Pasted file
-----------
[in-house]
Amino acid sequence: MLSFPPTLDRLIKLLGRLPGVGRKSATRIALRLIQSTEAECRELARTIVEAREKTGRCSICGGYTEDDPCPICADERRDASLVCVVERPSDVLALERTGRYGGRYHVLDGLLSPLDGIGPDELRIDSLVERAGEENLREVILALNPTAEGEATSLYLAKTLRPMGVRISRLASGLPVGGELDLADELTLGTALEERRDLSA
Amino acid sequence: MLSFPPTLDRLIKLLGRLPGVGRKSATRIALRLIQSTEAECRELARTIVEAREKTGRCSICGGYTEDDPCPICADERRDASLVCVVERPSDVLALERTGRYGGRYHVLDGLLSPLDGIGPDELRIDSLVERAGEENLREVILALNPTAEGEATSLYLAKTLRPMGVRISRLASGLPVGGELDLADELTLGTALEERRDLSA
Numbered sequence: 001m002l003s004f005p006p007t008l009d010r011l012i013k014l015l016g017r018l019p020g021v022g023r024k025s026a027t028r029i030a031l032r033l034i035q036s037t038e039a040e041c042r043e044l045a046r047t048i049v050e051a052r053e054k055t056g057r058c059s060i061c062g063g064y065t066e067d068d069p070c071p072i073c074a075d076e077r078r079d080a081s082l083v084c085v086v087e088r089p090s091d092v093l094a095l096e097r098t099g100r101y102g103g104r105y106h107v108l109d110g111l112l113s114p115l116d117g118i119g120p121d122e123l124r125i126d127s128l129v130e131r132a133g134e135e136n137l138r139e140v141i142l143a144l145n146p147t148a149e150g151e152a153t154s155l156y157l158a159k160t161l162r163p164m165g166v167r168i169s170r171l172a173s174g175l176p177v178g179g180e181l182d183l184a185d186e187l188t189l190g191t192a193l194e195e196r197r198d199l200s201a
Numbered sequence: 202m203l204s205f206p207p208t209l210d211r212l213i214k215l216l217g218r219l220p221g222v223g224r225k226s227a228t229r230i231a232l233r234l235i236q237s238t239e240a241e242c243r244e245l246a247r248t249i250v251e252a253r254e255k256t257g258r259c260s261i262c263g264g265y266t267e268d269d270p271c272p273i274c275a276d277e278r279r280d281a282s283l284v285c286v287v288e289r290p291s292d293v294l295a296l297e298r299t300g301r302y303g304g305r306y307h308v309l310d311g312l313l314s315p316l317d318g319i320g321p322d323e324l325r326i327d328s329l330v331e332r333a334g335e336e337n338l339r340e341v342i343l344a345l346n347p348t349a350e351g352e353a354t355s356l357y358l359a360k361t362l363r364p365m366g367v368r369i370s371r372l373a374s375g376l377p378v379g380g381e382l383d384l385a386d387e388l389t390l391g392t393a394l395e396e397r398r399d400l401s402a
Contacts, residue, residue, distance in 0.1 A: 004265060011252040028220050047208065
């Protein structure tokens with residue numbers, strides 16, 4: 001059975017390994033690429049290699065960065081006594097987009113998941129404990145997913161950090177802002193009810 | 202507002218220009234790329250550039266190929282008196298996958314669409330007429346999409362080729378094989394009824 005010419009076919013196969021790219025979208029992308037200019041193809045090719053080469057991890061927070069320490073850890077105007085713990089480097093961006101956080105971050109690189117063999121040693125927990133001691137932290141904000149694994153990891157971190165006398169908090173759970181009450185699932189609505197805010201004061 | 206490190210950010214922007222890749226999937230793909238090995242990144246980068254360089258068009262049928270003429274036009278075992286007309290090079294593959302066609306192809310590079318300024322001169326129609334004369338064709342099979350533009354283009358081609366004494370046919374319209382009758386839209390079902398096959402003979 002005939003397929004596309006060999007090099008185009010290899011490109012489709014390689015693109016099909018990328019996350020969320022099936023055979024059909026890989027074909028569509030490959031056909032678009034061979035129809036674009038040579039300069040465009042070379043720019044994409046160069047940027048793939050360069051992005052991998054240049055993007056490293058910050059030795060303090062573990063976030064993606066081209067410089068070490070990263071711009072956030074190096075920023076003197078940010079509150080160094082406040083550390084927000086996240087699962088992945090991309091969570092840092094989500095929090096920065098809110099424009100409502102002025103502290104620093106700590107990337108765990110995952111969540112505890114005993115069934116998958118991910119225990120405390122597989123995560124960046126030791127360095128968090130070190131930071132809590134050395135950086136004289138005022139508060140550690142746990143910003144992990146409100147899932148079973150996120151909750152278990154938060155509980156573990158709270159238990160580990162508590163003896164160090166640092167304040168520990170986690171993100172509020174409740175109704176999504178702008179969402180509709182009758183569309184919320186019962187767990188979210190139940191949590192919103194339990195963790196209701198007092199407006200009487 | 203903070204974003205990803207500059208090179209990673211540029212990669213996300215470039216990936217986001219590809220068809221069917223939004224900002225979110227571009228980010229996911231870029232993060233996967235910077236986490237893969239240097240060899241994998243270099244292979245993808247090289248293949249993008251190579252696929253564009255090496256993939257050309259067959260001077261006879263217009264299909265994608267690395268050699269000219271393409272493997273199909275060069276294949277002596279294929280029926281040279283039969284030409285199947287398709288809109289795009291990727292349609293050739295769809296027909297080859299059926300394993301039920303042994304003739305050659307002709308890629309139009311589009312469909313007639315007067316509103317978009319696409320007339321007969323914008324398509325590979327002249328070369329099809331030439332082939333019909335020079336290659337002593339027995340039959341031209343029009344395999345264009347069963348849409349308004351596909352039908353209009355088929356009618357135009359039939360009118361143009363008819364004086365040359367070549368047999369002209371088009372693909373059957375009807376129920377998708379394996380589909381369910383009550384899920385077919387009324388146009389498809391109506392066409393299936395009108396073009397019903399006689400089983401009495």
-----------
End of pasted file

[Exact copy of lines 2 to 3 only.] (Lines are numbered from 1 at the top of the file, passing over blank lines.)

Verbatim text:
Amino acid sequence: MLSFPPTLDRLIKLLGRLPGVGRKSATRIALRLIQSTEAECRELARTIVEAREKTGRCSICGGYTEDDPCPICADERRDASLVCVVERPSDVLALERTGRYGGRYHVLDGLLSPLDGIGPDELRIDSLVERAGEENLREVILALNPTAEGEATSLYLAKTLRPMGVRISRLASGLPVGGELDLADELTLGTALEERRDLSA
Amino acid sequence: MLSFPPTLDRLIKLLGRLPGVGRKSATRIALRLIQSTEAECRELARTIVEAREKTGRCSICGGYTEDDPCPICADERRDASLVCVVERPSDVLALERTGRYGGRYHVLDGLLSPLDGIGPDELRIDSLVERAGEENLREVILALNPTAEGEATSLYLAKTLRPMGVRISRLASGLPVGGELDLADELTLGTALEERRDLSA